Materialism and the two levels of being
Marterialism is the philosophy which assert that there
is only one "stuff" in the universe, and that is matter.
This works perfectly well in the physical sciences, but
has problems when consciousness is brought into the picture,
for consciousness is dipolar, with a subjective observer
or subject at one end of a dipole and what he is observeing (some
object in an objective world) at the other end of the dipole.
This dipole constitutes a conscious experience.
Buddhism and material theorists resist the idea of
more than one level of being, and thus tend to consider the dipole
as some additional properthy of matter or that subject and object are
somehow combined together (Dennett). The problem with this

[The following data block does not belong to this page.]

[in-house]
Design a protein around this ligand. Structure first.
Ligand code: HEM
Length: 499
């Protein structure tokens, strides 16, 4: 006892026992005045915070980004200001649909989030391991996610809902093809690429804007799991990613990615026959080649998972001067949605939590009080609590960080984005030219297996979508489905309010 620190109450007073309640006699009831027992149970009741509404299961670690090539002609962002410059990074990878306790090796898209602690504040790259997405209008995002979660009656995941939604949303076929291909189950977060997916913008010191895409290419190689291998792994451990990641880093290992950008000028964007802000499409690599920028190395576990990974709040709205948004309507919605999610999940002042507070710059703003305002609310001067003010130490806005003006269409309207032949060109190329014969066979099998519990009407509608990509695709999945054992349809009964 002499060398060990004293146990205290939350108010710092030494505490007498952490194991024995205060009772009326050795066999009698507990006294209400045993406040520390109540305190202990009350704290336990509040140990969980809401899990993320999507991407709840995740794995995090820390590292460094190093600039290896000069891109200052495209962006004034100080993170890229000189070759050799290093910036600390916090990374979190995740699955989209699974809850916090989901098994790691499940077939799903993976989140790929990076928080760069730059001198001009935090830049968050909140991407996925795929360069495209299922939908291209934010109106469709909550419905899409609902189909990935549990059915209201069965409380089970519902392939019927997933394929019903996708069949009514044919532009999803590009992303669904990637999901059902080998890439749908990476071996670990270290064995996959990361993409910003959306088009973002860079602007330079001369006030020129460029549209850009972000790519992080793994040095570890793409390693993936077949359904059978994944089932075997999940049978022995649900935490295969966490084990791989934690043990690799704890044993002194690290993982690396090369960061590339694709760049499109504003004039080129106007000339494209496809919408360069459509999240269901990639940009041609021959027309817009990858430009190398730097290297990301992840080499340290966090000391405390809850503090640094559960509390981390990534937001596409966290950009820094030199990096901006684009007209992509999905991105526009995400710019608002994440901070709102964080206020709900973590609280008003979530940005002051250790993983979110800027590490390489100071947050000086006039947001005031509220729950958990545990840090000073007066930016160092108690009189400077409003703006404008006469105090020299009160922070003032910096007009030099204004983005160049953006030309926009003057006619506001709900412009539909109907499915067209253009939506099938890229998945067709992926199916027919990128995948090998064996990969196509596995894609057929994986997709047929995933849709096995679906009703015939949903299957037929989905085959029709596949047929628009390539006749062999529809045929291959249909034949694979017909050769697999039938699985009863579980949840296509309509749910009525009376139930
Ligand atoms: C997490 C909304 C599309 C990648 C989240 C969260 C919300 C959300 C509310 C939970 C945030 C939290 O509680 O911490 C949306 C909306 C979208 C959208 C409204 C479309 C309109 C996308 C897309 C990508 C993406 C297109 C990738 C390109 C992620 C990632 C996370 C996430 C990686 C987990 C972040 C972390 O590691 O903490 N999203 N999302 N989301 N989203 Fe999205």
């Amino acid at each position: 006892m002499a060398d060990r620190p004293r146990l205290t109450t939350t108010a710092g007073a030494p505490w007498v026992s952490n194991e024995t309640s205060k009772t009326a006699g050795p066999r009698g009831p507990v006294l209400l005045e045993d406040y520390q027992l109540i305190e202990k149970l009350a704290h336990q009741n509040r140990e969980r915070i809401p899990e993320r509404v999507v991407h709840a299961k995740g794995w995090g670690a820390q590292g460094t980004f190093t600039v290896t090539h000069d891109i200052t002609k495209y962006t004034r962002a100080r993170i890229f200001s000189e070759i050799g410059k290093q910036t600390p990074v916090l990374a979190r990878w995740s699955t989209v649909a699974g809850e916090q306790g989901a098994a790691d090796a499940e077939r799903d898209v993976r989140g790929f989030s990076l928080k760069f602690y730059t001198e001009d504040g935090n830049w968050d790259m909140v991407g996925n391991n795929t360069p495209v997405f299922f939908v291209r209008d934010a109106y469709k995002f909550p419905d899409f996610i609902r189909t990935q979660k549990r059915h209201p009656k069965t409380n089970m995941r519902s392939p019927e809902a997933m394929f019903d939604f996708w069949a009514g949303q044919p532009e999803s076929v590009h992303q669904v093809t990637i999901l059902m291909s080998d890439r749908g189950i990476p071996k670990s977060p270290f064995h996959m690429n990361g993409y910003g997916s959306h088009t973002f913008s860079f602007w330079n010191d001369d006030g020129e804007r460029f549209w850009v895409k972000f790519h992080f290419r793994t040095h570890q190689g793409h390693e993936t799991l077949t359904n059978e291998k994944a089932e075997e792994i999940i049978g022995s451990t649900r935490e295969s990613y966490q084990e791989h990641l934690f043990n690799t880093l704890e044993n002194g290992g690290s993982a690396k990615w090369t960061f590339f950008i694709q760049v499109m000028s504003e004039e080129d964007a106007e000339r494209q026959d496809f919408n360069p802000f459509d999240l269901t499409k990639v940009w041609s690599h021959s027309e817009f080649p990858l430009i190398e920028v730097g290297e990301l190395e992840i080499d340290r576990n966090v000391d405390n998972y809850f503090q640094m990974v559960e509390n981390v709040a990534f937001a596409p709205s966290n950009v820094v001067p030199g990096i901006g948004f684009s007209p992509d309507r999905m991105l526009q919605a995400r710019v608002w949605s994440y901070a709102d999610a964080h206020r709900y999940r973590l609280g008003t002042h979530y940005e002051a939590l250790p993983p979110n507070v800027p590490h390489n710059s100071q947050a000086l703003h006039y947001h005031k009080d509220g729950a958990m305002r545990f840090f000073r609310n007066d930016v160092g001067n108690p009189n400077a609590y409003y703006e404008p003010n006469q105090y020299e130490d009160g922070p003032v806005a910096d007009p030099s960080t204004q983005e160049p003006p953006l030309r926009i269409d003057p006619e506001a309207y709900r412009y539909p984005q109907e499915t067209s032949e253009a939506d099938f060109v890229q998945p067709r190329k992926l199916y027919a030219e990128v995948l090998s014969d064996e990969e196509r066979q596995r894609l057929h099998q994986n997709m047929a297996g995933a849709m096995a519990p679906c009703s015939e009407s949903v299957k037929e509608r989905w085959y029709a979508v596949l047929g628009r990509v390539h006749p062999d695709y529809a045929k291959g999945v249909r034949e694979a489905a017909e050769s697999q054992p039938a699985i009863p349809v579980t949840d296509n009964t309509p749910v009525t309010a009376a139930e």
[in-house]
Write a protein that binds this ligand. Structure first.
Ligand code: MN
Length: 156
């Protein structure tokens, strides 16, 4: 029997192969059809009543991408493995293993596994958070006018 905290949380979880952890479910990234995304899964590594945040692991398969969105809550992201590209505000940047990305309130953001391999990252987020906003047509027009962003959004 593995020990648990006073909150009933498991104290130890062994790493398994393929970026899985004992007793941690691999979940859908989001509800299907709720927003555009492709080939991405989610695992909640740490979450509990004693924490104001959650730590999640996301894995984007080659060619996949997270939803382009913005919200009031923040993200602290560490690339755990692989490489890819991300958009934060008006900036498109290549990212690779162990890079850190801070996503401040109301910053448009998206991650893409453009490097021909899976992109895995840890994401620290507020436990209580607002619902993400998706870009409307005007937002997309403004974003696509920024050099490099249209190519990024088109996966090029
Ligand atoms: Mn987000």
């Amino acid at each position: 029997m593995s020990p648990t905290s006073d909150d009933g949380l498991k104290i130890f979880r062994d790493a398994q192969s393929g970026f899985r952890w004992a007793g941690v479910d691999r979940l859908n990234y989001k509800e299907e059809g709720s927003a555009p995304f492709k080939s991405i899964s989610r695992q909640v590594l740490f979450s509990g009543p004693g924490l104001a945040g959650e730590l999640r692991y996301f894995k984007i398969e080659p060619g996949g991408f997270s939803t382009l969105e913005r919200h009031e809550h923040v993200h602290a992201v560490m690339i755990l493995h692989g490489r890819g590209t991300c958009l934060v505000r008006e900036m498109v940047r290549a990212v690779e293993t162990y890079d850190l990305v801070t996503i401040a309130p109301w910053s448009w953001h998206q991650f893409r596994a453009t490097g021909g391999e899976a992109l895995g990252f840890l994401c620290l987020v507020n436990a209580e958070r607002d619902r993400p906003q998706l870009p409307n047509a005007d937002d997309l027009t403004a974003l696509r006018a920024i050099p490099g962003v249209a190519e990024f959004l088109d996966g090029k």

approach arises when you try to state what the subject is like,
for that makes him an object, and that is by definition forbidden.
Leibniz seems to be the only philosopher to answer this dilemma,
his solution being that the observer is on a higher level, which makes
him superhuman or divine (such as Plato's One or Christianity's God).
This of course raises red flags for the hard-core materialist,
so that Leibniz is rarely taken seriously. But the subjectivity issue
inevitably brings him back into the picture.
Dr. Roger B Clough NIST (ret.) [1/1/2000]
See my Leibniz site at
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